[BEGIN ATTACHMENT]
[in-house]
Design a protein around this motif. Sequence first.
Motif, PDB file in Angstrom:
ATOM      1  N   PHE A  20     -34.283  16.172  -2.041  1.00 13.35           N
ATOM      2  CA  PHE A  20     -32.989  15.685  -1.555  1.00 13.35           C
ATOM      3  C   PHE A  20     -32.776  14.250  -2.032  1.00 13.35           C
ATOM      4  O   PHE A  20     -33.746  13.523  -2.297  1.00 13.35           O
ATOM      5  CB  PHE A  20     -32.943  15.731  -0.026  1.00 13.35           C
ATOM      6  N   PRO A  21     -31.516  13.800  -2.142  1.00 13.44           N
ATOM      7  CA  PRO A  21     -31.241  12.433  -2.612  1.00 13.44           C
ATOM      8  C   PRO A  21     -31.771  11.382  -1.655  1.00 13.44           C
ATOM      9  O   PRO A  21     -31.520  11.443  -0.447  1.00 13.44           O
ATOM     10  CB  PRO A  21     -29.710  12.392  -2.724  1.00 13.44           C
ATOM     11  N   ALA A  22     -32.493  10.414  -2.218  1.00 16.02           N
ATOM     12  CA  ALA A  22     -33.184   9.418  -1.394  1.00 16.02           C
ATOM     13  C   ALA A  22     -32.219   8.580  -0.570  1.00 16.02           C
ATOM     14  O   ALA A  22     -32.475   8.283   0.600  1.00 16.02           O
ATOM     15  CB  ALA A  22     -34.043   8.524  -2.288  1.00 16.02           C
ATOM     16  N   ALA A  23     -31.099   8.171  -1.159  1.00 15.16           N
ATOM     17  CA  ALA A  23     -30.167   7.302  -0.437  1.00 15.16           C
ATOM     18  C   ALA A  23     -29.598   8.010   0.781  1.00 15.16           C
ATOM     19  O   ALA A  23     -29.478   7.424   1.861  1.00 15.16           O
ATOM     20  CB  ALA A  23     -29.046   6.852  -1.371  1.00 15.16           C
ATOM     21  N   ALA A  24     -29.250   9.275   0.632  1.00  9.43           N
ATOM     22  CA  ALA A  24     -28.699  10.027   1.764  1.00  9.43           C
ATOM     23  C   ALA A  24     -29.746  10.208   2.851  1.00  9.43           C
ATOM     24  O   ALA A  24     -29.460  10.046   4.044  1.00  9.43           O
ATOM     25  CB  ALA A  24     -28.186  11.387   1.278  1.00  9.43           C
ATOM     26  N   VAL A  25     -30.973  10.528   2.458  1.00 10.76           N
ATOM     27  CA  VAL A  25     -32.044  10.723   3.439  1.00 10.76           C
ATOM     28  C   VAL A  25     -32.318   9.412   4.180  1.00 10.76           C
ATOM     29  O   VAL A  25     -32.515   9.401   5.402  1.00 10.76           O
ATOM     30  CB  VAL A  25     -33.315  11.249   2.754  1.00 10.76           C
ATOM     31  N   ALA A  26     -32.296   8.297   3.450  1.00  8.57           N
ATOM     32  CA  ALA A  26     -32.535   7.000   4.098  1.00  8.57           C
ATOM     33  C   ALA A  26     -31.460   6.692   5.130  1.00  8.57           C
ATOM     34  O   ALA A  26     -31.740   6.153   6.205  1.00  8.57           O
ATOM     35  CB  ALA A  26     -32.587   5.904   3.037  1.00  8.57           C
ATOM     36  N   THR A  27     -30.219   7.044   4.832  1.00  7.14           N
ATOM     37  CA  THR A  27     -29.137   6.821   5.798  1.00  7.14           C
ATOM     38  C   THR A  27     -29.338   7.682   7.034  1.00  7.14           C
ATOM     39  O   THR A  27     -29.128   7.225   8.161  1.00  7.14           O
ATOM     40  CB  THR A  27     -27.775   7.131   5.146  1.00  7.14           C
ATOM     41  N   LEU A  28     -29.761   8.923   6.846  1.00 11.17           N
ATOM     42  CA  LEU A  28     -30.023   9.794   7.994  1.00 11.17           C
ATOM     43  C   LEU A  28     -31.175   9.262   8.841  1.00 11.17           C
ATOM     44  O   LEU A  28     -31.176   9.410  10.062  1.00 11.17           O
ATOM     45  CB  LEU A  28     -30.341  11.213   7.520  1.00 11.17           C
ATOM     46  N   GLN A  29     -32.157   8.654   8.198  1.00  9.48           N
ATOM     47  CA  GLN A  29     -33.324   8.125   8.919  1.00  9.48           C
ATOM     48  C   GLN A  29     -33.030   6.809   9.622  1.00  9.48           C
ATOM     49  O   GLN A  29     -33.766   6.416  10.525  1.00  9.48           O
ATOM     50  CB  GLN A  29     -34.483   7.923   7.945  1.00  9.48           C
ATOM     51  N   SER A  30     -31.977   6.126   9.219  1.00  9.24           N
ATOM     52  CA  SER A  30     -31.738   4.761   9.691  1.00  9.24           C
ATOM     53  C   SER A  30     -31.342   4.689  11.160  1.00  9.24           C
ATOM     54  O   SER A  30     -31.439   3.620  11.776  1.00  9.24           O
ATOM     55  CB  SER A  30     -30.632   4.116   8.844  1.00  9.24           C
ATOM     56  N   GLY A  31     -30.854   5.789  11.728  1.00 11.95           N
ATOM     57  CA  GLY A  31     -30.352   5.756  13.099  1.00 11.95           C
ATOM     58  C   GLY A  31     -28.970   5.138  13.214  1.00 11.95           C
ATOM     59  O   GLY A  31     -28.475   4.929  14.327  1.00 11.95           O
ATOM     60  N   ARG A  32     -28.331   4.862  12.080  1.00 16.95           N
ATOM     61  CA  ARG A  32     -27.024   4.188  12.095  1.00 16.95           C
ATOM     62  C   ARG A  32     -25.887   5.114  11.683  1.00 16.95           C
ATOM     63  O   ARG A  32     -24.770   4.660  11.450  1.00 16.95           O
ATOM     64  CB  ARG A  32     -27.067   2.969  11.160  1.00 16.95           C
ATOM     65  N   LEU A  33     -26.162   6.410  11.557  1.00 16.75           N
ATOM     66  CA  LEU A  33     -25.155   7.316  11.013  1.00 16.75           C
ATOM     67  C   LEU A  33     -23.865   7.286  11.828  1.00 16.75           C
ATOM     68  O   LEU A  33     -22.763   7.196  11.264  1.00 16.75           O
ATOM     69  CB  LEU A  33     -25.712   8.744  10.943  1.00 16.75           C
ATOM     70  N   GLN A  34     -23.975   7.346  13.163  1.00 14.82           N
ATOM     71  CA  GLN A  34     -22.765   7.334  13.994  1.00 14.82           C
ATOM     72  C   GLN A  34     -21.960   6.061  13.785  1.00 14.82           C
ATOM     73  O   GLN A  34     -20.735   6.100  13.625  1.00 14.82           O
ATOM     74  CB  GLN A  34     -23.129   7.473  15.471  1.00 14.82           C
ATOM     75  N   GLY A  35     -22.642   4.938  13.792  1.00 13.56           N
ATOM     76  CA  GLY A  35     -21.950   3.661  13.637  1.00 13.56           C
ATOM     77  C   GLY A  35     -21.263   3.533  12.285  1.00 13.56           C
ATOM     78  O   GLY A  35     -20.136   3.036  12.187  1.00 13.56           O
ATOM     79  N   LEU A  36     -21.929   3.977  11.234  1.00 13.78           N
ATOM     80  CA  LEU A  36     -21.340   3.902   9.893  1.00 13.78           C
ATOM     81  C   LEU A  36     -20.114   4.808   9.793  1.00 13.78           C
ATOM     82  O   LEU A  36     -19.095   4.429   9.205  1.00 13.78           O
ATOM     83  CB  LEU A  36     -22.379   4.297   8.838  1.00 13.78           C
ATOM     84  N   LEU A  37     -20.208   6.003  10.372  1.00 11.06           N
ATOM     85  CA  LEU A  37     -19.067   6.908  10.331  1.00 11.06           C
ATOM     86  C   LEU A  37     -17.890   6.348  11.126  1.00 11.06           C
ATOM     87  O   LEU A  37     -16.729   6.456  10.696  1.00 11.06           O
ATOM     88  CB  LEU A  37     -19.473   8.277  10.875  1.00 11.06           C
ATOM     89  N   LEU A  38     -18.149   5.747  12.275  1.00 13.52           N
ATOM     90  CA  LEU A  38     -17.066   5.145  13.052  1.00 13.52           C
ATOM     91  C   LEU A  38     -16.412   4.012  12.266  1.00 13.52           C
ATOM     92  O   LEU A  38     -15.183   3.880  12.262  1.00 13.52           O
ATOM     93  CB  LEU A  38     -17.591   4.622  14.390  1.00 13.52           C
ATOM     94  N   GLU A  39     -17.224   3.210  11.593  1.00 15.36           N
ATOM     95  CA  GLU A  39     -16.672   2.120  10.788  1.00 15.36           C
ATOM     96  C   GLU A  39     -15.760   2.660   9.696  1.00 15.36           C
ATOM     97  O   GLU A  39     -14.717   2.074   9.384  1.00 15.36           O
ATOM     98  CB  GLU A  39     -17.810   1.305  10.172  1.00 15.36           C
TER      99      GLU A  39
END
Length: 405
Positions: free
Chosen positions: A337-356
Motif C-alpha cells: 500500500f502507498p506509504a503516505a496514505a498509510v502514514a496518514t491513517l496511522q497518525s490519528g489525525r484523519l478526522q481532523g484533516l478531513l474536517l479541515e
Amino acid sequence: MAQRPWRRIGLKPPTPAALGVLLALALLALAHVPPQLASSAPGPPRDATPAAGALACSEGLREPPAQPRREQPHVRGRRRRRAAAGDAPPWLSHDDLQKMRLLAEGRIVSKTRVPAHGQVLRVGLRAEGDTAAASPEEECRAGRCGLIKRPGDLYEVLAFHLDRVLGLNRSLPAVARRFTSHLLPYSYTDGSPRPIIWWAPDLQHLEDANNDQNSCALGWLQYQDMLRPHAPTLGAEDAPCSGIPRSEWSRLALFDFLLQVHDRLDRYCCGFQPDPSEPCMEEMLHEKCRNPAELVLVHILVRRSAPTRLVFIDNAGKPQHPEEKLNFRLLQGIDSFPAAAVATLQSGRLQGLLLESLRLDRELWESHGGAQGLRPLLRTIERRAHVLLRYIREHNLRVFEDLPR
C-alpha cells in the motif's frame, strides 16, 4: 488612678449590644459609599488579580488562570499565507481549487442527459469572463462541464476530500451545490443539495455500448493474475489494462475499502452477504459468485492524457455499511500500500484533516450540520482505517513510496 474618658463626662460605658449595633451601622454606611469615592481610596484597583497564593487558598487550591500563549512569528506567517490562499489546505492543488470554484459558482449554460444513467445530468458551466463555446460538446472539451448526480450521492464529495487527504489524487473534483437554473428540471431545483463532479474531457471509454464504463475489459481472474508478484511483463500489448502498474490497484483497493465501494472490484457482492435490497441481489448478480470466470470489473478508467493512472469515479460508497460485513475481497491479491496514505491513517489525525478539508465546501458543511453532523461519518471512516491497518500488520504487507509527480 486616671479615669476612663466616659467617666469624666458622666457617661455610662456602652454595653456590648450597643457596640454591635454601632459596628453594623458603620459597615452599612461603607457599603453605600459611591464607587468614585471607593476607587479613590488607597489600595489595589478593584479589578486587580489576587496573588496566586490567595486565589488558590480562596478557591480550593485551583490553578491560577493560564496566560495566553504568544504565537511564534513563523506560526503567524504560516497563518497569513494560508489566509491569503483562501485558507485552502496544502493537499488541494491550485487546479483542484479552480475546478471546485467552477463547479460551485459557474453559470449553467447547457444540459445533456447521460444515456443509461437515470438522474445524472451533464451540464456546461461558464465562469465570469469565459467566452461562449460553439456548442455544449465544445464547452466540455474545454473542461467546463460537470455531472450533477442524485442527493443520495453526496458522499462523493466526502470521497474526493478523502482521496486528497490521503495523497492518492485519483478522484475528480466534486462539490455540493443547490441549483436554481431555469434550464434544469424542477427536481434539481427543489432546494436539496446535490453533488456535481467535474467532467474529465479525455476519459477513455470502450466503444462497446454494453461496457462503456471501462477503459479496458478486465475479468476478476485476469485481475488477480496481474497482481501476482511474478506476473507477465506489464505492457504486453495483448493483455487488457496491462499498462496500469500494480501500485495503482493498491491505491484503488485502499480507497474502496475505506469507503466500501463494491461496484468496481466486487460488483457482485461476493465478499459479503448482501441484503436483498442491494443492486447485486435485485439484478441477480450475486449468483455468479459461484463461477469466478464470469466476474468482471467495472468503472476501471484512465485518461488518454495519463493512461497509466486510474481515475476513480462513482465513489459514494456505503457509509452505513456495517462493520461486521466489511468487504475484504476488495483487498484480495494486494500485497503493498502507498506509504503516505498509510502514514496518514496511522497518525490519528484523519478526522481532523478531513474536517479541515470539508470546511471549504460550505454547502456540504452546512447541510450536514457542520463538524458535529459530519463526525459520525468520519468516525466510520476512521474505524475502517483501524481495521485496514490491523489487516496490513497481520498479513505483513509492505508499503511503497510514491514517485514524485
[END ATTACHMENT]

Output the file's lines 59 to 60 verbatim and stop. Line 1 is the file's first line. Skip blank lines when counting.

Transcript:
ATOM     56  N   GLY A  31     -30.854   5.789  11.728  1.00 11.95           N
ATOM     57  CA  GLY A  31     -30.352   5.756  13.099  1.00 11.95           C